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  1. #1
    Thailand Expat misskit's Avatar
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    Death by shark is at an all time high in Australia. Whats happening?

    The shark attacked Sunday, when Charles Cernobori, 59 and a father of three, was bodysurfing off Cable Beach in Western Australia. A couple found him, dragged him to the beach and called emergency services.


    By the time they arrived, it was too late to save Mr Cernobori.


    His death was the eighth linked to a shark in Australia this year, the most in nearly a century. The record for shark attacks in a single year was in 1929, which saw nine. In recent decades, the annual average has been one.


    What’s behind the increase in deaths?


    The question is vexing many in Australia, where public pressure is rising for authorities to take tougher measures to protect the country’s picturesque coasts this summer as people emerge from coronavirus lockdowns and eagerly head to the beach.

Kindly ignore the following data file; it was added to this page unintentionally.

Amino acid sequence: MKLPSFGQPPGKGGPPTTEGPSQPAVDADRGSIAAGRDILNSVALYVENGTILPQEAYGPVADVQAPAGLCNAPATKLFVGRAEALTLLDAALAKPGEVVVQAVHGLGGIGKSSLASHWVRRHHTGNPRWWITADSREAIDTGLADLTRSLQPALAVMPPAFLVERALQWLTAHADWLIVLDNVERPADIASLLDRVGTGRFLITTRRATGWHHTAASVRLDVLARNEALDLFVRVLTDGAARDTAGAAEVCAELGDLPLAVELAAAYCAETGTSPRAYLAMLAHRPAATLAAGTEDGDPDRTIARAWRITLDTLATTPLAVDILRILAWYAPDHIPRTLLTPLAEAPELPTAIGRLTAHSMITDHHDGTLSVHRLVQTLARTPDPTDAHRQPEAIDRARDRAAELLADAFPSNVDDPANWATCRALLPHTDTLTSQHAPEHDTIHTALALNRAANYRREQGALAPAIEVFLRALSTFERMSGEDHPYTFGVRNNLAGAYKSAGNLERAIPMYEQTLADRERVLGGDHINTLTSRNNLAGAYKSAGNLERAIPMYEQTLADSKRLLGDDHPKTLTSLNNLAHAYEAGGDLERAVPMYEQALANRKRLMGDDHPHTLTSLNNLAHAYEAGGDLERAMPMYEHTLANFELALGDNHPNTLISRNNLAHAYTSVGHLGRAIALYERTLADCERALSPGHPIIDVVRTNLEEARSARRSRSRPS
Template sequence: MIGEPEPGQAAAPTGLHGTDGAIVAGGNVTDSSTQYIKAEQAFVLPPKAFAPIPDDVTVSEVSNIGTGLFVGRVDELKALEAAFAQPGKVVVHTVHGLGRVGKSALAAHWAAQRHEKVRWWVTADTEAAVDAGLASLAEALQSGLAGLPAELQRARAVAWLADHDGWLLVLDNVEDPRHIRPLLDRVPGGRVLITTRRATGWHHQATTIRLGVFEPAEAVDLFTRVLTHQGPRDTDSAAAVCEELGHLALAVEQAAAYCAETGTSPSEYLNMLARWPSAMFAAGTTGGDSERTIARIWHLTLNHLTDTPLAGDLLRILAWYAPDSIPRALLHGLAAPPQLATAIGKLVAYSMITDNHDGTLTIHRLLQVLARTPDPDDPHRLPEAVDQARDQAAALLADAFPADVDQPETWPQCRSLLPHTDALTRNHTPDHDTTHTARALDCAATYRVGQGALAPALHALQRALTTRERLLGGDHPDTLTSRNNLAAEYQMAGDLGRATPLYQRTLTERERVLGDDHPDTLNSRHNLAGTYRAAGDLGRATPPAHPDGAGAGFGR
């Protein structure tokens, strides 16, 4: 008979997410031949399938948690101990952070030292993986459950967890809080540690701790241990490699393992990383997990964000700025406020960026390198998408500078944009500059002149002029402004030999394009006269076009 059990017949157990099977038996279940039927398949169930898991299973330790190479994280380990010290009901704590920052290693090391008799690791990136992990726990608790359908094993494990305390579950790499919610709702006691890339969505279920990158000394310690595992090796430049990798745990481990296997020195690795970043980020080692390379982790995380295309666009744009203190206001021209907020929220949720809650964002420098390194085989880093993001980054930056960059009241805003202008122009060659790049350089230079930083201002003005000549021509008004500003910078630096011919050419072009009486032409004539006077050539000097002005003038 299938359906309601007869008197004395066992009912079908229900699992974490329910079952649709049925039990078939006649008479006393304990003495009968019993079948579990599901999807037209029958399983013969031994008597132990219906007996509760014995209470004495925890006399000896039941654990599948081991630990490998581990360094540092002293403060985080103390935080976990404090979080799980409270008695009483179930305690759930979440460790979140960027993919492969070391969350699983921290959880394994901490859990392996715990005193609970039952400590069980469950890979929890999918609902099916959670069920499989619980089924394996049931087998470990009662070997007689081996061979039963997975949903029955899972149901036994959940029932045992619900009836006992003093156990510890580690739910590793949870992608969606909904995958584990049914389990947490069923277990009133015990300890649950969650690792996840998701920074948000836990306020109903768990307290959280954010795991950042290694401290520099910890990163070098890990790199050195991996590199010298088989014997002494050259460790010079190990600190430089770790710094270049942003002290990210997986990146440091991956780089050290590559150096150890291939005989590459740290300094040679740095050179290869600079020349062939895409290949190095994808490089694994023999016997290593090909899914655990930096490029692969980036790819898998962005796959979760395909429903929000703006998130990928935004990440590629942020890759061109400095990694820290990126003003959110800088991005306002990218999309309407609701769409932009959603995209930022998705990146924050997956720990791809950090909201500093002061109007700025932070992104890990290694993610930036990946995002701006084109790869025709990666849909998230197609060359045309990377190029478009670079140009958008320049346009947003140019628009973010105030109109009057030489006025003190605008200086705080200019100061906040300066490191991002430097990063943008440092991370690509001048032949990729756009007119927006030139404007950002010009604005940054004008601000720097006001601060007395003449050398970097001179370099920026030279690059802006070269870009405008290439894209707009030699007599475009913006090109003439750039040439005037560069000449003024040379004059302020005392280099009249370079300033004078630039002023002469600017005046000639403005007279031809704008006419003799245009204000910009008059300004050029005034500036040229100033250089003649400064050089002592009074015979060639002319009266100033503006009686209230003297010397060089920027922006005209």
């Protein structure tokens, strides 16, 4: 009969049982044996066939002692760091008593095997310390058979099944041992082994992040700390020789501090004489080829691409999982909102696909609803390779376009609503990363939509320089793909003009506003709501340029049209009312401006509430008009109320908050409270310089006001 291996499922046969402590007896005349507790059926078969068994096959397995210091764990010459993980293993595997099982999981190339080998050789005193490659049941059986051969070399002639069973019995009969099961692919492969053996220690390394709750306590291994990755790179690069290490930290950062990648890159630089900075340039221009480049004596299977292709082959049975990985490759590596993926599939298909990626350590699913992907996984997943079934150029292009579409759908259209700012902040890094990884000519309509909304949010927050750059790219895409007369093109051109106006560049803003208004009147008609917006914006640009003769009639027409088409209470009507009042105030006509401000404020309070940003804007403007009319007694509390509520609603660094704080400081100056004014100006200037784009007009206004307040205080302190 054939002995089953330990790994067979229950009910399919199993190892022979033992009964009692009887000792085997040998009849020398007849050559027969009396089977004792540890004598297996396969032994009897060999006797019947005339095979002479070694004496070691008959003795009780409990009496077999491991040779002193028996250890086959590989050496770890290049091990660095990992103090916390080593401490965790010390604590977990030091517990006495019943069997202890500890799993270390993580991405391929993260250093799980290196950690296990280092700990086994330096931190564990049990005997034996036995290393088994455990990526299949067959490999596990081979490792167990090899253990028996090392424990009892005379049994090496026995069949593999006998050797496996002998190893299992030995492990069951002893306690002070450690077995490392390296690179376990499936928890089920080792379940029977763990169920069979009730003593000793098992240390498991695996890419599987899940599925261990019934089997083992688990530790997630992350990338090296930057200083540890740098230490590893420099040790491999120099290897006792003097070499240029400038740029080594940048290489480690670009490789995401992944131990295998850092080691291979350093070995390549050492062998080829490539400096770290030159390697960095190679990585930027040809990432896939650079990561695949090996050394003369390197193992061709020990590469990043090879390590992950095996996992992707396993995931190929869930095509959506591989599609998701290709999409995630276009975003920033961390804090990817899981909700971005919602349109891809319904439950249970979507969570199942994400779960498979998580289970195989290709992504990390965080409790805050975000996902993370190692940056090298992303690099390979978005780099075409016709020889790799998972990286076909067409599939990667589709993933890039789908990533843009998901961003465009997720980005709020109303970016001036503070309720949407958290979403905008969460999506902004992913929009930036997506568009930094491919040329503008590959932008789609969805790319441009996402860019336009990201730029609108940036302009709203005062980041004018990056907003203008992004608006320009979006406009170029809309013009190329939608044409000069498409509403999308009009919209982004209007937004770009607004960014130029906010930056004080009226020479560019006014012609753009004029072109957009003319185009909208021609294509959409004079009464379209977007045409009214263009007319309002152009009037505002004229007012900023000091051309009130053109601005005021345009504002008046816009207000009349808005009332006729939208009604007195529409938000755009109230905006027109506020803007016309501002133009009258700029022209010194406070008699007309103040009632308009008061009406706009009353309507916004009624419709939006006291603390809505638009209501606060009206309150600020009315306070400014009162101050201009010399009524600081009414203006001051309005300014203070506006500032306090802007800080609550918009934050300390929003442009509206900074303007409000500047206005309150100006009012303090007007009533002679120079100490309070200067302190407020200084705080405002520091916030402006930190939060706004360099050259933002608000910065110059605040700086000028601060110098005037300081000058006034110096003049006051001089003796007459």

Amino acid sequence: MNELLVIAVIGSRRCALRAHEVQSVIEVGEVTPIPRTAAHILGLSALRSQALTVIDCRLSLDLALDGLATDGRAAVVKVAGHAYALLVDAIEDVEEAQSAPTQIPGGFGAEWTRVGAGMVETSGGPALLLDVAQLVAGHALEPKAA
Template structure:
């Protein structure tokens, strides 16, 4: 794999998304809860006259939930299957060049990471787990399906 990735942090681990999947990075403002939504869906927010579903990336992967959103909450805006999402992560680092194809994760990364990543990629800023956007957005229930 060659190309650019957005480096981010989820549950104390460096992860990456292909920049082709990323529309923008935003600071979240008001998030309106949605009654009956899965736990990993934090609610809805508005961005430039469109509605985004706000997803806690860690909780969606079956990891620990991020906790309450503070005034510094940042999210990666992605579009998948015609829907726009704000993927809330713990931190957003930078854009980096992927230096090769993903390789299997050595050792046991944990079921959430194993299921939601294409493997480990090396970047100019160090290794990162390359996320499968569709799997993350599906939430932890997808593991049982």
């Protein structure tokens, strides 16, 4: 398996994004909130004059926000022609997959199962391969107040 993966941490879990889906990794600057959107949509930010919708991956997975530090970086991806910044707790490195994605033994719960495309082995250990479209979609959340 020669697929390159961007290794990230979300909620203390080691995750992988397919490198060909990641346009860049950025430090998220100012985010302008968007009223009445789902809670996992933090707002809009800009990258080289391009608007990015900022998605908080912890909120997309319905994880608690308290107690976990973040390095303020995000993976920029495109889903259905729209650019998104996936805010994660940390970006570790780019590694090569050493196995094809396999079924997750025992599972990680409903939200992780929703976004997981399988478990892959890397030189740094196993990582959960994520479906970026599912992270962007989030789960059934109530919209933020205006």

Scientists find the high numbers shocking, and they wonder what forces may be at play.

    Death by shark is at an all time high in Australia. What’s happening?


    “There’s more than one shark expert who’s shaking their head right now, thinking, ‘What on earth is going on?’ ” said Culum Brown, a professor of marine biology at Macquarie University in Sydney who studies shark behavior.


    “Eight is certainly off the scale, and we haven’t even finished the year yet,” he added.


    ‘It’s probably just really bad luck’ …


    The losses this year have been harrowing: Among the victims are an experienced scuba diver and a teenage surfer. A search for another man was called off after days of looking for his body. Others have survived, albeit traumatized and seriously injured by the apex predators, whose territory Australians enter when they swim in the ocean.